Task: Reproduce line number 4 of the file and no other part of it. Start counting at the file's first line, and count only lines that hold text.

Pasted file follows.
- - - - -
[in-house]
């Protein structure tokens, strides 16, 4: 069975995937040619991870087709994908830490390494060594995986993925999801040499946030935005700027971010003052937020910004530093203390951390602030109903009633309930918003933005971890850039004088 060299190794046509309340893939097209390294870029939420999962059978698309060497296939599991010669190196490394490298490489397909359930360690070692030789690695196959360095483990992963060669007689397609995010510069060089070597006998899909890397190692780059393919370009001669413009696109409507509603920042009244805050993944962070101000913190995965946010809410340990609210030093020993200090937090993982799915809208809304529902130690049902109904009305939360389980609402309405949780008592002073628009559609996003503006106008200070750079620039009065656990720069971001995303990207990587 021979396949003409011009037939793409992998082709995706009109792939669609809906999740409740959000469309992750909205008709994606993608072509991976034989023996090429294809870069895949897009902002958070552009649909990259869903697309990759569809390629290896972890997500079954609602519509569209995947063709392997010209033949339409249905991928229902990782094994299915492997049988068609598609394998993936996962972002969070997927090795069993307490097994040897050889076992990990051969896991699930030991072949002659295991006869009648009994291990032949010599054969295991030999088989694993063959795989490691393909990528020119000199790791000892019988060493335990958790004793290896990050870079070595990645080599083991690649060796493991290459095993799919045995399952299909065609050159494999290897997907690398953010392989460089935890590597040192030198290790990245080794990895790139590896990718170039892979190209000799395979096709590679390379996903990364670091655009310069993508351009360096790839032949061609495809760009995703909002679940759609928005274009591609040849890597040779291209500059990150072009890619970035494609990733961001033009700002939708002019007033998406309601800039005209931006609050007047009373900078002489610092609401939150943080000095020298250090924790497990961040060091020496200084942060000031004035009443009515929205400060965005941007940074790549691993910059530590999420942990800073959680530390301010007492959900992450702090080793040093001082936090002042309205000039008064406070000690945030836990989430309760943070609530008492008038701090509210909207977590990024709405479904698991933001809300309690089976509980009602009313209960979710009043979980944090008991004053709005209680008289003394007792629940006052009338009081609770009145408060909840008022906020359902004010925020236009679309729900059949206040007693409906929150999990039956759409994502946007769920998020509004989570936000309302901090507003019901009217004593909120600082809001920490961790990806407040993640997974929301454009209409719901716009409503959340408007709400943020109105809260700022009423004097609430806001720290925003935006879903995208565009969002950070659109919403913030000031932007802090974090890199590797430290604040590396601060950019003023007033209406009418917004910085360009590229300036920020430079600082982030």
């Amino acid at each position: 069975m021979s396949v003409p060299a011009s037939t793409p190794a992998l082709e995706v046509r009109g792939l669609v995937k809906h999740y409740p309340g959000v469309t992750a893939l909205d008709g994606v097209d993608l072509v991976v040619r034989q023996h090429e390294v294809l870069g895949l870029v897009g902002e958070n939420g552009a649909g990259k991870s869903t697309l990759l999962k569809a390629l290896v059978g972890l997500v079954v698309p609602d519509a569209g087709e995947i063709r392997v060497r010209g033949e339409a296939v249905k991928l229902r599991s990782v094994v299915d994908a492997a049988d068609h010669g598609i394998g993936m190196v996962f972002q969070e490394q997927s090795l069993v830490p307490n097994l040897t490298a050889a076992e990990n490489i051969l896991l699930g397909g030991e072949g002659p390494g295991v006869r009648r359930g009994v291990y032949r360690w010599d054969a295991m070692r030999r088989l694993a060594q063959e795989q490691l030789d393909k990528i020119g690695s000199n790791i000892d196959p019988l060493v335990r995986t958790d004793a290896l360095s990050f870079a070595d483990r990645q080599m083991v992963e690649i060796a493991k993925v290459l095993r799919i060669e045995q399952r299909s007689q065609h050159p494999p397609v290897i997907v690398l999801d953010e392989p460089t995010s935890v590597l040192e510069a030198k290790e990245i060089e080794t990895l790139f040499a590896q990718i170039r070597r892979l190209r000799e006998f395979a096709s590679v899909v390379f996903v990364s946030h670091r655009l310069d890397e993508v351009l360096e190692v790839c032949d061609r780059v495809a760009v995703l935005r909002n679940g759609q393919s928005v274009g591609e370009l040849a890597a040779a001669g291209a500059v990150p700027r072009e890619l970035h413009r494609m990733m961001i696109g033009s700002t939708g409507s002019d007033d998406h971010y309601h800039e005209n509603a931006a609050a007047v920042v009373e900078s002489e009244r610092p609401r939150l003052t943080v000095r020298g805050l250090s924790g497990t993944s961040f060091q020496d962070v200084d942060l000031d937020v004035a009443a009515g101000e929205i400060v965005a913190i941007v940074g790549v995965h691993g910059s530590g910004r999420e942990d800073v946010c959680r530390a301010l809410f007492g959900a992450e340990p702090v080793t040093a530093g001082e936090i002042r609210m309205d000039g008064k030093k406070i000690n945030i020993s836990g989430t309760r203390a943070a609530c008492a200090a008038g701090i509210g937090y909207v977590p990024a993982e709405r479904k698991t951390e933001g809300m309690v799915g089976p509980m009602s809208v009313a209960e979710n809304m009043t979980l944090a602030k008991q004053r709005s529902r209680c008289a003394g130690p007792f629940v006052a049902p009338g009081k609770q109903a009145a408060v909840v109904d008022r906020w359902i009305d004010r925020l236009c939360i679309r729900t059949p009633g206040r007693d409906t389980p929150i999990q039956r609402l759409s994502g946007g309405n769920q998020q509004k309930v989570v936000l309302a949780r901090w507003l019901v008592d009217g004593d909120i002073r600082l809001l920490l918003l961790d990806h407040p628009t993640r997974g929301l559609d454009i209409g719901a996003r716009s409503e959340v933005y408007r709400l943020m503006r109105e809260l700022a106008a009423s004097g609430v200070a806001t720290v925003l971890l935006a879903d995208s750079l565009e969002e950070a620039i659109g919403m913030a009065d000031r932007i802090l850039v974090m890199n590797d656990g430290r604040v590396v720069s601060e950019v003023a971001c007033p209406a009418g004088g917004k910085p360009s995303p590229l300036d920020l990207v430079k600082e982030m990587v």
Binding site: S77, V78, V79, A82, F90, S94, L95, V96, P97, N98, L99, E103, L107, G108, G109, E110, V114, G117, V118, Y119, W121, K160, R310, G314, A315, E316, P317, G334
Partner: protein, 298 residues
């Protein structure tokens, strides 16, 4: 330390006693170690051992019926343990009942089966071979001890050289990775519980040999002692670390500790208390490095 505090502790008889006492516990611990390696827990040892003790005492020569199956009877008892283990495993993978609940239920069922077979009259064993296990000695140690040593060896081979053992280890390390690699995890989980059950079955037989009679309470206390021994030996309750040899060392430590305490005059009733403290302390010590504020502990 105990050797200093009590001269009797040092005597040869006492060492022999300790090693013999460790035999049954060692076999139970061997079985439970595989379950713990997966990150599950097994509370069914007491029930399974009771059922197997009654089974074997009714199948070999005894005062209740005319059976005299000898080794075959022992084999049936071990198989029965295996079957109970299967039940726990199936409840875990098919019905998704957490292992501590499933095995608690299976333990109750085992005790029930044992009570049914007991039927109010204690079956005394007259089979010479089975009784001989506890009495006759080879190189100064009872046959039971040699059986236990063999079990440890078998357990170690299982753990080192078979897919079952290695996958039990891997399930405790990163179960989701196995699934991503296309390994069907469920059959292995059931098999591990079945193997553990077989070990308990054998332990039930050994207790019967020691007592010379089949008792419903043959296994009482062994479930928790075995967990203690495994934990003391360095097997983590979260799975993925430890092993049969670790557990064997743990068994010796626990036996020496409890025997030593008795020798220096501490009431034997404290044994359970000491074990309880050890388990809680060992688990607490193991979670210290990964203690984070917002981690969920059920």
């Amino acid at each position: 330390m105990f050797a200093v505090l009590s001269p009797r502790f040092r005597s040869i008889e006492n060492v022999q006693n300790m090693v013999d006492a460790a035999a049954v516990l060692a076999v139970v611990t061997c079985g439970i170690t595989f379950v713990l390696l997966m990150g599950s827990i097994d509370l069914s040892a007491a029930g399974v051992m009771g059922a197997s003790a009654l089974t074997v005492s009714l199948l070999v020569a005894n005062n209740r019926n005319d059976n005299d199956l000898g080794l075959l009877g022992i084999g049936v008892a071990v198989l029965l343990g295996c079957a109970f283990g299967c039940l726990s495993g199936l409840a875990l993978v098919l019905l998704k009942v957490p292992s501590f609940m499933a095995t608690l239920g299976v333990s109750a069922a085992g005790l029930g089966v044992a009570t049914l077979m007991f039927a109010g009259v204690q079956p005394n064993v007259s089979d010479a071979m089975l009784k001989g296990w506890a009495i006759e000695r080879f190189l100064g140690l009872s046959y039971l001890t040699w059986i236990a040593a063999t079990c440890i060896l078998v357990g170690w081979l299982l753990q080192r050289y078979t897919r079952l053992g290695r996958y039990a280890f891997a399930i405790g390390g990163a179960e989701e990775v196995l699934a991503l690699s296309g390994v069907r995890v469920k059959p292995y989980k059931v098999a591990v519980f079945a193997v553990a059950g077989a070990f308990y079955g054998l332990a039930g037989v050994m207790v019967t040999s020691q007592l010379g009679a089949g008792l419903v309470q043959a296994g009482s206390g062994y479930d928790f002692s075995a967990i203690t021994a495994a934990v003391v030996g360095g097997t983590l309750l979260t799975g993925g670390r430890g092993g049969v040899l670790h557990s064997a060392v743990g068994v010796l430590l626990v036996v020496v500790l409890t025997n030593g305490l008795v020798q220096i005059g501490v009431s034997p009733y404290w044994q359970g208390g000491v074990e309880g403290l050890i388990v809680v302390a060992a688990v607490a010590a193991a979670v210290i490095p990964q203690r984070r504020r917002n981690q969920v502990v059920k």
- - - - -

Binding site: S77, V78, V79, A82, F90, S94, L95, V96, P97, N98, L99, E103, L107, G108, G109, E110, V114, G117, V118, Y119, W121, K160, R310, G314, A315, E316, P317, G334